Employers are aware that the use of marijuana is now legal in a multitude of states. 22 states and the District of Columbia have legalized marijuana for medical purposes and 2 states, Colorado and Washington, legalized marijuana for recreational use. The laws in these states grant individuals suffering from various ailments the right to seek relief through the use of marijuana. For the most part these statutes decriminalize the use of marijuana for authorized users and create some sort of patient registry. Issues remain with regard to employment and whether an employer can decide to hire or fire based on legal marijuana use. Rhode Island and Arizona laws have language that prohibits an employer from penalizing or refusing to hire a person because of medical marijuana use. Additionally, some of the states have added sections specifically prohibiting discrimination.
A. When Hiring
Many issues can and will result for employers from the legalization of medical and recreational marijuana. Under many of the state statutes employees are seemingly afforded protections from discrimination for legal use of medical marijuana; however, as we see from the cases that have come down thus far, that does not yet seem to be the case. As the laws progress and with federal government beginning to back off from prosecutions, employers will be faced with addressing issues of medical marijuana use under the state statutes with little fall back on the federal law.
B. Safety and the Impaired Employee
One of the biggest concerns for employers with regard to medical marijuana is safety. Will an employee who is being prescribed medical marijuana be a risk to themselves and others—will he or she be a liability? If an injury occurs on the job while an employee is taking medical marijuana, will the injury be compensable under that state’s workers’ compensation statute? If an employee is found to have marijuana in his or her system after an accident causing injury to a member of the public how will the employer’s liability be adjudicated? These are questions the cases have not yet begun to answer.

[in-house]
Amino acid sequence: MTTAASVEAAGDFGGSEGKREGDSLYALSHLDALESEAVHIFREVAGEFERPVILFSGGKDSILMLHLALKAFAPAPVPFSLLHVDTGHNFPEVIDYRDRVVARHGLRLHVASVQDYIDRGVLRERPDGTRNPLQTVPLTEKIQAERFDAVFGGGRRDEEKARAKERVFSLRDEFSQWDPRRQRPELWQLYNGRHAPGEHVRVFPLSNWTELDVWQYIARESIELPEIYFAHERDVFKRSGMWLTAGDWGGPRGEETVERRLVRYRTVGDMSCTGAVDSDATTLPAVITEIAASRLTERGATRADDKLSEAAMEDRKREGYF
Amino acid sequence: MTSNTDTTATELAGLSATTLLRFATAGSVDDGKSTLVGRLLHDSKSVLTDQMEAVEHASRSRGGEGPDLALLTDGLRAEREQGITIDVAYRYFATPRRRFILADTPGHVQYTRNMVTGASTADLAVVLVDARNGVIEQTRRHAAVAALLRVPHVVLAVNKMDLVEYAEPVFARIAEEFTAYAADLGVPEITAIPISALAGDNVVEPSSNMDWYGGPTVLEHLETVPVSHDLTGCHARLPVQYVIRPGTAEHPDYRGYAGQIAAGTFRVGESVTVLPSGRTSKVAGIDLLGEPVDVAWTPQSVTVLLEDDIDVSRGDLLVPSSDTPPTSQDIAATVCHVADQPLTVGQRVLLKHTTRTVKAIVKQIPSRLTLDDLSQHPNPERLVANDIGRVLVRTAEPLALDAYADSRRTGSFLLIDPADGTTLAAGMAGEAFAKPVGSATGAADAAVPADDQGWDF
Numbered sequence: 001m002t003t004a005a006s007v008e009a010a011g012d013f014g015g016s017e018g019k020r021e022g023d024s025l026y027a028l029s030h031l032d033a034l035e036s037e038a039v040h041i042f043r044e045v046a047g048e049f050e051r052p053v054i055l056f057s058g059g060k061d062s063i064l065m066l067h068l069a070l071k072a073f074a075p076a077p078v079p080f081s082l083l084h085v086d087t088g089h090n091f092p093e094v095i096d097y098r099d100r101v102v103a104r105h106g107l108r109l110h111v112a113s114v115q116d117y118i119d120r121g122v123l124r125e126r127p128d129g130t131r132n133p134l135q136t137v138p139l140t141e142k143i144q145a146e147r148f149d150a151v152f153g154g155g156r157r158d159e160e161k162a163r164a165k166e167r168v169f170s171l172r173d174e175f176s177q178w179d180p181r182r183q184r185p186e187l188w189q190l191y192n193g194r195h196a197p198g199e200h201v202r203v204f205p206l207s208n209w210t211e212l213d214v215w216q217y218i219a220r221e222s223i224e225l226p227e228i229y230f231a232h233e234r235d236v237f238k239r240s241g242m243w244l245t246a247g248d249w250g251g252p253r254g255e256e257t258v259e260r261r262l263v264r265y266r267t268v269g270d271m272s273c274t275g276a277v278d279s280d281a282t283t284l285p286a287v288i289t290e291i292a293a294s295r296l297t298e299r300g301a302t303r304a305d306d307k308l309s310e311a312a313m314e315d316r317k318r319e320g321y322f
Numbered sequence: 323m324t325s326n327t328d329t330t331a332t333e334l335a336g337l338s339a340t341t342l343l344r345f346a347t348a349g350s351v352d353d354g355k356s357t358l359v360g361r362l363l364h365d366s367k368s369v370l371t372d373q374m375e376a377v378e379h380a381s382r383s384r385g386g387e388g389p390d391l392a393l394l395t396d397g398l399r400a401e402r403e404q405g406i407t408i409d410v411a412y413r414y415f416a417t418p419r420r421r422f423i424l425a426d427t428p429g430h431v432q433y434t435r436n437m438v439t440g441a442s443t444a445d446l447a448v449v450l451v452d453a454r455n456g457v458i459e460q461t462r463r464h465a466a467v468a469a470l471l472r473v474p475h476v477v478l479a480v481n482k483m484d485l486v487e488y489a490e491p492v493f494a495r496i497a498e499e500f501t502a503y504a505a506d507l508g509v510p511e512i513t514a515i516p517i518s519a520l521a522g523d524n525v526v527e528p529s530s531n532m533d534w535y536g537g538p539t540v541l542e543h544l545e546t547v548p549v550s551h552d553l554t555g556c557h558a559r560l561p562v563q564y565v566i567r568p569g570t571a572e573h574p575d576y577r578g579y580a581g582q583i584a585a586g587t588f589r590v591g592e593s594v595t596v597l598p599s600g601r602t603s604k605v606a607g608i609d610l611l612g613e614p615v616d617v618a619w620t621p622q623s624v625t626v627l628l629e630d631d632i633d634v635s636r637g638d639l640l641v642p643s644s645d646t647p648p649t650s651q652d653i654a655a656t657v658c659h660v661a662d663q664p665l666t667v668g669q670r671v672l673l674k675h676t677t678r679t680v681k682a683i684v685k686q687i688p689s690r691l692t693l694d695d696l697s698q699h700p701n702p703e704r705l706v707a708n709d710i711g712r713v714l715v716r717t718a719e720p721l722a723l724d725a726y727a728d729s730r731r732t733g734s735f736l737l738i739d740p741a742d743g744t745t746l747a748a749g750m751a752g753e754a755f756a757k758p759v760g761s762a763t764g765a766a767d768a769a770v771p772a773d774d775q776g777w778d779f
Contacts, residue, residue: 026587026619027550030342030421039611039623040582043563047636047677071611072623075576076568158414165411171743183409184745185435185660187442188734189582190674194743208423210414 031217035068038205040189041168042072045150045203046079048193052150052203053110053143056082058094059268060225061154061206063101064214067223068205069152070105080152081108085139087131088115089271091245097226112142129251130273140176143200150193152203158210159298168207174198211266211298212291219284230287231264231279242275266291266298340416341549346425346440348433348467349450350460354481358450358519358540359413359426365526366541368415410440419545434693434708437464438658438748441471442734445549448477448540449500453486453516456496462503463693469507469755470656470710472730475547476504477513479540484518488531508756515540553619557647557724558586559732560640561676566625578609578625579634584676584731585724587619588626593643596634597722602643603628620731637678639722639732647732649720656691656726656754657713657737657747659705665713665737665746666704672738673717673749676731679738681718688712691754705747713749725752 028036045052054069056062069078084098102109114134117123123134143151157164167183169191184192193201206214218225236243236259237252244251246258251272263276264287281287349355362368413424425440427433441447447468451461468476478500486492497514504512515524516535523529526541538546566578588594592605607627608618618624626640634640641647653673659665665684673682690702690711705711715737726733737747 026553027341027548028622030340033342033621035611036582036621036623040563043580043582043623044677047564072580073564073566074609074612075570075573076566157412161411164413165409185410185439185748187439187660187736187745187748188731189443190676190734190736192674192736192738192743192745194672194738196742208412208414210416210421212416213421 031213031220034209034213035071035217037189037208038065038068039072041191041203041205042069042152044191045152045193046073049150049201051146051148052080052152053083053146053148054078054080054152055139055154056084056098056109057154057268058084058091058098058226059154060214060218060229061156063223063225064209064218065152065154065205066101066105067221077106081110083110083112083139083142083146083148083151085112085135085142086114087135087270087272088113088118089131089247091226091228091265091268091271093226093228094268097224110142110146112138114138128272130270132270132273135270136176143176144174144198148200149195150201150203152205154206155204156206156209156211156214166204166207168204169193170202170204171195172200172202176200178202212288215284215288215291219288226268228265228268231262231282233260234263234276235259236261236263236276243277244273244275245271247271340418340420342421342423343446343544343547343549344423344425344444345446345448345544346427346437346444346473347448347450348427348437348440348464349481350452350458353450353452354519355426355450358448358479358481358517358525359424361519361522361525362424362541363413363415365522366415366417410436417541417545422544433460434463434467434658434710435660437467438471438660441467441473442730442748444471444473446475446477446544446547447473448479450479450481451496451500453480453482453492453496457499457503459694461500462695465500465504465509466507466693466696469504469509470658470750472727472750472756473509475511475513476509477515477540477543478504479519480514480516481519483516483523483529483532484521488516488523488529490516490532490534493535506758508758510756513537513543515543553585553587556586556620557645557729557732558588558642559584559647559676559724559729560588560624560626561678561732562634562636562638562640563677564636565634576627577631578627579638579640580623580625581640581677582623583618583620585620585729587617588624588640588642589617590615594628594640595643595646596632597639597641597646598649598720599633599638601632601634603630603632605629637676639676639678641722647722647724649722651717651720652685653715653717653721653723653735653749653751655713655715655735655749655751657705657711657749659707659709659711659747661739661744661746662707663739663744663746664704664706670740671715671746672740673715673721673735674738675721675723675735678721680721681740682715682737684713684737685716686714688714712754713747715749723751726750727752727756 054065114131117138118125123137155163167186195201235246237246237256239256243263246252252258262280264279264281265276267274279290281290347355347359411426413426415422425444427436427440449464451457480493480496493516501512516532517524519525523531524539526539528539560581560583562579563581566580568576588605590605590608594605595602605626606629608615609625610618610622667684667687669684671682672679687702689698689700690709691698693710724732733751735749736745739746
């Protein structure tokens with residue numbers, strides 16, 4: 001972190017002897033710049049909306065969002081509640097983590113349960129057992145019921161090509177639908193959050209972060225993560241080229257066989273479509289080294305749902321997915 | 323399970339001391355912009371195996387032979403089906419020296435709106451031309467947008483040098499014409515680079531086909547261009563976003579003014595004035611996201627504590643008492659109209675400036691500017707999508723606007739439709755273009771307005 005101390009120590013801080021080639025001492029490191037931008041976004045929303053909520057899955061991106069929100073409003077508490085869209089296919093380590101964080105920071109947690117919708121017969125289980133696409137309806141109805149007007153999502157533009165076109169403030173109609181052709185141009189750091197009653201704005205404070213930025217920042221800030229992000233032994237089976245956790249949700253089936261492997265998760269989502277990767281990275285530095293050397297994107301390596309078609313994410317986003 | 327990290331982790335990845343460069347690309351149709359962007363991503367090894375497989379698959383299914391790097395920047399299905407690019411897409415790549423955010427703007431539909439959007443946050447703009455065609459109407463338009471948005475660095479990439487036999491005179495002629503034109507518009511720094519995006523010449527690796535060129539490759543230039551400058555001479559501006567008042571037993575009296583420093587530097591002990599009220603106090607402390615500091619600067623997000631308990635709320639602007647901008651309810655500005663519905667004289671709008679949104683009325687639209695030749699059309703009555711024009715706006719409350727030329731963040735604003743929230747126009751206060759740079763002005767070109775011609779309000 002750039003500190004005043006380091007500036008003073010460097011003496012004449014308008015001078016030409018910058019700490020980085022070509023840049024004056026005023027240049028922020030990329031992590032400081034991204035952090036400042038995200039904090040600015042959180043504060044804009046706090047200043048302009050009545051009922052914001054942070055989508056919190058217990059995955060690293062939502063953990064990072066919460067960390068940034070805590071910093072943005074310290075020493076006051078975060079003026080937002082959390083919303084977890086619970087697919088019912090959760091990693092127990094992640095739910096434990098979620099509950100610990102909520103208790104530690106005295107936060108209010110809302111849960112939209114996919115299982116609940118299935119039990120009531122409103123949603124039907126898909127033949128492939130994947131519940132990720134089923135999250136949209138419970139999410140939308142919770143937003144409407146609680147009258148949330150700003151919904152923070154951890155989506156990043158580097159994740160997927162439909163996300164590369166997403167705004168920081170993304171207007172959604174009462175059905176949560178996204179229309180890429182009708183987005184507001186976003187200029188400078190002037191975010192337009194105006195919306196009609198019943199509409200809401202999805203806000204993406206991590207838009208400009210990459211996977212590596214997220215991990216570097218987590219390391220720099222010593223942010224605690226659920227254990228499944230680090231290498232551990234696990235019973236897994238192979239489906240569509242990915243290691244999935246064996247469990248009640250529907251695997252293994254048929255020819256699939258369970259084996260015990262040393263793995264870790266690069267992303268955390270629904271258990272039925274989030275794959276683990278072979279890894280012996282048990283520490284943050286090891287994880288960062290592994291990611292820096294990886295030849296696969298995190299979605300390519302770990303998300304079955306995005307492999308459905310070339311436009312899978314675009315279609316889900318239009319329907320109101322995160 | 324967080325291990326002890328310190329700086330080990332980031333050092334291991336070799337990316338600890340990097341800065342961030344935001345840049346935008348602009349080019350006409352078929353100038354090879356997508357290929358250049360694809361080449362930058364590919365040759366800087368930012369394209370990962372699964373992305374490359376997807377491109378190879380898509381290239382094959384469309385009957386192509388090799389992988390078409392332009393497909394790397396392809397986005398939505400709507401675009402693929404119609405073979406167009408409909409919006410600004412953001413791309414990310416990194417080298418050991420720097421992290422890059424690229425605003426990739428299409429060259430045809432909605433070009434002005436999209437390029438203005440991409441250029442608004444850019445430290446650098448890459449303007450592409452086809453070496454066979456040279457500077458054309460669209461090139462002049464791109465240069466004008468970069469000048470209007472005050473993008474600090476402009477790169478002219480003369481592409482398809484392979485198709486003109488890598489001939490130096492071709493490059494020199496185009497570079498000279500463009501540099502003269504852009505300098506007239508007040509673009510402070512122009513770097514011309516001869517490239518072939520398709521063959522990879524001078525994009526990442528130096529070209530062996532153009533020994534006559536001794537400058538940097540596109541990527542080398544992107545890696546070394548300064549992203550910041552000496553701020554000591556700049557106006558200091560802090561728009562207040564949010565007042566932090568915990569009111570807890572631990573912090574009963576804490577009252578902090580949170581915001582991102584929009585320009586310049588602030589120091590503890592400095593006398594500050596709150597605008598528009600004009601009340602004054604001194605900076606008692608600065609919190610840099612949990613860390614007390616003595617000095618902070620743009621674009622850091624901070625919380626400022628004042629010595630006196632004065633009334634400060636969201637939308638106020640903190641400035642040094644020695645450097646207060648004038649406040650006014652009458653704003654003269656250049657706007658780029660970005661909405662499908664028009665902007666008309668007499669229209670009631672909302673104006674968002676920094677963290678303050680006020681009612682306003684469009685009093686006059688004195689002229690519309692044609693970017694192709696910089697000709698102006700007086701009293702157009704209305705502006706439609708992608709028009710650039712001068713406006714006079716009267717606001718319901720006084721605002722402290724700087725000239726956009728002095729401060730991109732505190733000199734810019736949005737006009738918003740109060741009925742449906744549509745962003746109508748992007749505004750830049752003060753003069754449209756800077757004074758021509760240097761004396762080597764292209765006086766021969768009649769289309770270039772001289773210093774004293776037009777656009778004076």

C. WC Issues and the Unimpaired Employee with THC in their System
Intoxication is a defense to workers’ compensation claims in many states and has been for years. However, unlike alcohol and other drugs, there has yet to be a reliable test to determine intoxication and the level of same when it comes to marijuana. Many states use the blood test when trying to determine if a person is using marijuana. However, these tests are not reliable when it comes to testing for intoxication, as compounds in the drug can remain in a person’s system for weeks after use. A recent Arizona case involving a man convicted of DUI for driving under the influence of marijuana was overturned by the Arizona Supreme Court. See State ex rel. Montgomery v. Harris, 322 P.3d 160 (Ariz. 2014). The man convicted was a regular marijuana user, but denied using on the day of the arrest. He was convicted in the lower court of DUI. Arizona had followed a zero tolerance rule, meaning that any findings of cannabis in a driver’s system meant he failed the test. The problem in this specific case was the defendant’s test came up positive for the inactive metabolite, carboxy-THC, which can stay in a person’s system for up to two weeks. Thus, this metabolite is not evidence of intoxication. The Court held “because the legislature intended to prevent impaired driving, we hold that ‘metabolite’ reference in the law is limited to any of the proscribed substance’s metabolites that are capable of causing impairment.” Therefore, drivers cannot be convicted of the presence of a non-impairing metabolite that reflects prior usage. Also problematic with blood testing is that the psychoactive compound that causes impairment, TCH, can also remain in a person’s system for days after using the drug. Thus, the blood test fails to accurately assess intoxication.
So how does an employer determine if an employee is under the influence of marijuana on the job? If an employer suspects an employee is under the influence due to the employee’s behavior, arrests or other testing maybe appropriate. At this point cognitive testing for impairment may be the most reliable way to determine intoxication for marijuana. A recent study published in Clinical Chemistry, suggests that breath may be a valid way to test for intoxication. They found that THC (active compound) was the major cannabinoid found in the breath samples. None of the samples contained the metabolite or non-psychoactive compound Carboxy-THC. Thus, science has not yet caught up with social policy, but it’s not too far off.